If I could leave you with one image, it will be this: that boot smashing into the human face — since not all humans are equal, and most are unable to control themselves, most faces should be smashed by the boot so they do not do the same to the rest of us and doom all of society. Most people are doomed to disappointment by their own inability to control their desires and impulses, but not all of us should go down together, although it appears that “unity” is the goal of liberalism.

When warriors become meek

Sunday, September 27th, 2015

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In the West, we became weak as a society the minute we legitimized interruptions over purpose. Think about your day in this modern world: many small interruptions, subdividing every task into shorter and shorter pieces, each one less related to the others with each additional interruption, in addition to become simplified and the reason for its existence forgotten.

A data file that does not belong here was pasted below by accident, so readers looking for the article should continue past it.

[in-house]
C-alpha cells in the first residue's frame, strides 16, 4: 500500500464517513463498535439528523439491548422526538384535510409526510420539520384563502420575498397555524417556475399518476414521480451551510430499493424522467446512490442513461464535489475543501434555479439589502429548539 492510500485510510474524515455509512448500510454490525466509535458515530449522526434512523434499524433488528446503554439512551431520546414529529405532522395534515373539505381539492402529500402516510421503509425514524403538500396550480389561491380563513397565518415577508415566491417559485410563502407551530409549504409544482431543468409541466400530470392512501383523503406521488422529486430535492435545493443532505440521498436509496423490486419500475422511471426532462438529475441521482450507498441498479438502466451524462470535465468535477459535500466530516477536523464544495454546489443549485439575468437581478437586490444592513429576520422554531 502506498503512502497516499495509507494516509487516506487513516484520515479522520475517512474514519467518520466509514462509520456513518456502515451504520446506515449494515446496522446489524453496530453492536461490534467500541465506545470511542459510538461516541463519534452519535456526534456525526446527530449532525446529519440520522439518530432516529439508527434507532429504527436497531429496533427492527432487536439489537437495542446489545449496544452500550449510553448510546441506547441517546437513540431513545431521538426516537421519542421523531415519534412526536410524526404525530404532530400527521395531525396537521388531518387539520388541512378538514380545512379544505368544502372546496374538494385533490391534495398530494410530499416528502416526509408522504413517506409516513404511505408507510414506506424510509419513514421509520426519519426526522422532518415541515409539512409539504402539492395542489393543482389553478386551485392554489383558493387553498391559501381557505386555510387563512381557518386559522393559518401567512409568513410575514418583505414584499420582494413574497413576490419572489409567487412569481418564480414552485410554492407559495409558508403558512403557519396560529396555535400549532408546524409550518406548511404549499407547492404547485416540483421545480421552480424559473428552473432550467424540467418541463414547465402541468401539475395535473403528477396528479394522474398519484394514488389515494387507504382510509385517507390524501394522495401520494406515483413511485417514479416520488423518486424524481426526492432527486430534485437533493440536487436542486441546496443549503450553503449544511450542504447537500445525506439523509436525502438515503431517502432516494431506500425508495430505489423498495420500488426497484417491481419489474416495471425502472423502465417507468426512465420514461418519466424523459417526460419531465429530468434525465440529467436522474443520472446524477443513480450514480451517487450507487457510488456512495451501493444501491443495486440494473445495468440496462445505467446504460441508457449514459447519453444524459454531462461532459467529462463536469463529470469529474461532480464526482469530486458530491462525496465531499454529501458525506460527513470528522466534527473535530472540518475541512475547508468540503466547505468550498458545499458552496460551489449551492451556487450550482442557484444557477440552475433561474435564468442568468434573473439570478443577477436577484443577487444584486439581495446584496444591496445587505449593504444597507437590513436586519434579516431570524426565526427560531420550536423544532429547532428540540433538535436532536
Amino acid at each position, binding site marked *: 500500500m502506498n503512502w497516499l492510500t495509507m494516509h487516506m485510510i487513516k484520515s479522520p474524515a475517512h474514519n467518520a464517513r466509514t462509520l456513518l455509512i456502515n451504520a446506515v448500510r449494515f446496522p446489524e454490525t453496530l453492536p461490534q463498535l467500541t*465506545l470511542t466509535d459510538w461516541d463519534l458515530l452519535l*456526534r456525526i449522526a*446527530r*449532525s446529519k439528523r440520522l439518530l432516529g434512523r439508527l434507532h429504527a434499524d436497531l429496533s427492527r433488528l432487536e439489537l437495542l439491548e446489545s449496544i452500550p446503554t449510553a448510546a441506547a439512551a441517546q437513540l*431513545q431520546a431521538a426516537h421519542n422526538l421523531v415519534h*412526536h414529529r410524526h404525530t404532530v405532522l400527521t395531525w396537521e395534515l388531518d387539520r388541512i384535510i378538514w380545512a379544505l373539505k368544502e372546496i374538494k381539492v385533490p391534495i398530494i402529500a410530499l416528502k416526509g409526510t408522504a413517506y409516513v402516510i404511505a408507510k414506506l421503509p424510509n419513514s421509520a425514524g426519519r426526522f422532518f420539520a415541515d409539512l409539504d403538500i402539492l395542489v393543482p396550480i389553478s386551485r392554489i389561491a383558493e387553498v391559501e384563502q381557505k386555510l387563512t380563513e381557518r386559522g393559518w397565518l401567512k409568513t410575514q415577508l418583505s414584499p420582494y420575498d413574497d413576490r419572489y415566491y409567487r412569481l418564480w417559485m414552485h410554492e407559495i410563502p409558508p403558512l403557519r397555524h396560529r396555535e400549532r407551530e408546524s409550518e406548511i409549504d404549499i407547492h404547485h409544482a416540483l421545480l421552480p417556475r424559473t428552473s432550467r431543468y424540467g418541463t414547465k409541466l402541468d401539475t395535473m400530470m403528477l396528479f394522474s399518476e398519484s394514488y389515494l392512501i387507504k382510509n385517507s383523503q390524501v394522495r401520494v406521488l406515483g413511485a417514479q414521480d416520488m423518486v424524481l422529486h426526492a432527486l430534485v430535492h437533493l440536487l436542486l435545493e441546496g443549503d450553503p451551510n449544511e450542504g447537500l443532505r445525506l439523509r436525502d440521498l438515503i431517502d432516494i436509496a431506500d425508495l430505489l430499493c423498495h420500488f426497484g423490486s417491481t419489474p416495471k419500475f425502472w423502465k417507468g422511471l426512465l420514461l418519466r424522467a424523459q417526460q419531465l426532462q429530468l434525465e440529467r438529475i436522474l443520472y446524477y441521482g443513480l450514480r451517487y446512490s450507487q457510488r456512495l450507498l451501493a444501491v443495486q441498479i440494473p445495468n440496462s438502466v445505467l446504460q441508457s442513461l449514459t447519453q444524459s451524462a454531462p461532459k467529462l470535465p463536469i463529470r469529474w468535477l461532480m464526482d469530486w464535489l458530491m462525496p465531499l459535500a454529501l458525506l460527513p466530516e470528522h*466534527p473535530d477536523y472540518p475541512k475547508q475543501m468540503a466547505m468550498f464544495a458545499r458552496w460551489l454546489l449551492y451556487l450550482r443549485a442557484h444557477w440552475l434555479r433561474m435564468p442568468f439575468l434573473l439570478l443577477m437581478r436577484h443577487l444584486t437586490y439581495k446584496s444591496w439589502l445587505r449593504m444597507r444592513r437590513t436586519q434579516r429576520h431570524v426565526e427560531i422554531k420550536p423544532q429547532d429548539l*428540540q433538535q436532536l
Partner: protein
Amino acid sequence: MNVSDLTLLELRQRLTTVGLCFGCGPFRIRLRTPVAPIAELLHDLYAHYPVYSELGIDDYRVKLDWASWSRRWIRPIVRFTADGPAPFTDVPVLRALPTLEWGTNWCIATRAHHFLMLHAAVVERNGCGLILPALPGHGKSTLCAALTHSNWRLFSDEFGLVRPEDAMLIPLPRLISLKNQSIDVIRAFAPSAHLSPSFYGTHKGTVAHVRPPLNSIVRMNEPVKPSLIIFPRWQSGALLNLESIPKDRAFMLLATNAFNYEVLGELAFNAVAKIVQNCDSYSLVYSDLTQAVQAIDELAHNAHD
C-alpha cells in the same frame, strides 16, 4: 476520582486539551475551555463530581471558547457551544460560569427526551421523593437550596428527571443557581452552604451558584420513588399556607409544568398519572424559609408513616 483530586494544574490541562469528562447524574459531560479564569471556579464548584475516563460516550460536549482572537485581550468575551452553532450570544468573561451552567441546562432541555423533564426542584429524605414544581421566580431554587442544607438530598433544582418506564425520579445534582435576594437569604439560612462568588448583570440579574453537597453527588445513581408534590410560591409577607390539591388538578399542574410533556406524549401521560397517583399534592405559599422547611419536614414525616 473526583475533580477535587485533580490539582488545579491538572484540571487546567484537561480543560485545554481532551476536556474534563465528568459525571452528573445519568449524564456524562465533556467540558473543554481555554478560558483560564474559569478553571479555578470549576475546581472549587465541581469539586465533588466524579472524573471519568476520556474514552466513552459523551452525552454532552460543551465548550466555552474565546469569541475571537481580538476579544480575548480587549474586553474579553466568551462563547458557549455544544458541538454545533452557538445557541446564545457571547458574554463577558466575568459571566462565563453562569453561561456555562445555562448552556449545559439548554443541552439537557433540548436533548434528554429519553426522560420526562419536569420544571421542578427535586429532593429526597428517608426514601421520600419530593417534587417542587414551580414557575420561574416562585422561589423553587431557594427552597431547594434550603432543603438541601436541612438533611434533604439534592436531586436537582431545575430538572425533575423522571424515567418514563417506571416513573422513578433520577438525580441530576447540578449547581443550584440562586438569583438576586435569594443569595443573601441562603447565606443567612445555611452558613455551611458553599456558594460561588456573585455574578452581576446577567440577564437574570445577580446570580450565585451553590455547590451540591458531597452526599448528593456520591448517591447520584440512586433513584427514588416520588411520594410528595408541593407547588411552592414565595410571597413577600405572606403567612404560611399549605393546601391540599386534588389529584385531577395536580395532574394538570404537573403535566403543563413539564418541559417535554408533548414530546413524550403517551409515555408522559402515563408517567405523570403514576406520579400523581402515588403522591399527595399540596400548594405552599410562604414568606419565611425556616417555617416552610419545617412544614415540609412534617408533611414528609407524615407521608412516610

This is what egalitarianism does: it interrupts any clear intent with infinite small objections and exceptions because it associates people with importance of function, rather than function itself. A bureaucrat must announce himself as often as possible to show his importance; hipsters must make as much noise as possible to demonstrate their validity; everyday people must bungle, move slowly and otherwise interrupt flow in order to feel alive. Every act possible is thwarted by phone calls, advertisements, visitors, queries and paperwork; every simple task involves obtaining permission, filing forms and extensive background study to fit into the bureaucratic model. But, if we were not to do these things, they would not be accessible to all, which means both “equal” opportunity through bureaus and dumbed-down to the point where Beavis and Butthead can (but won’t) do it.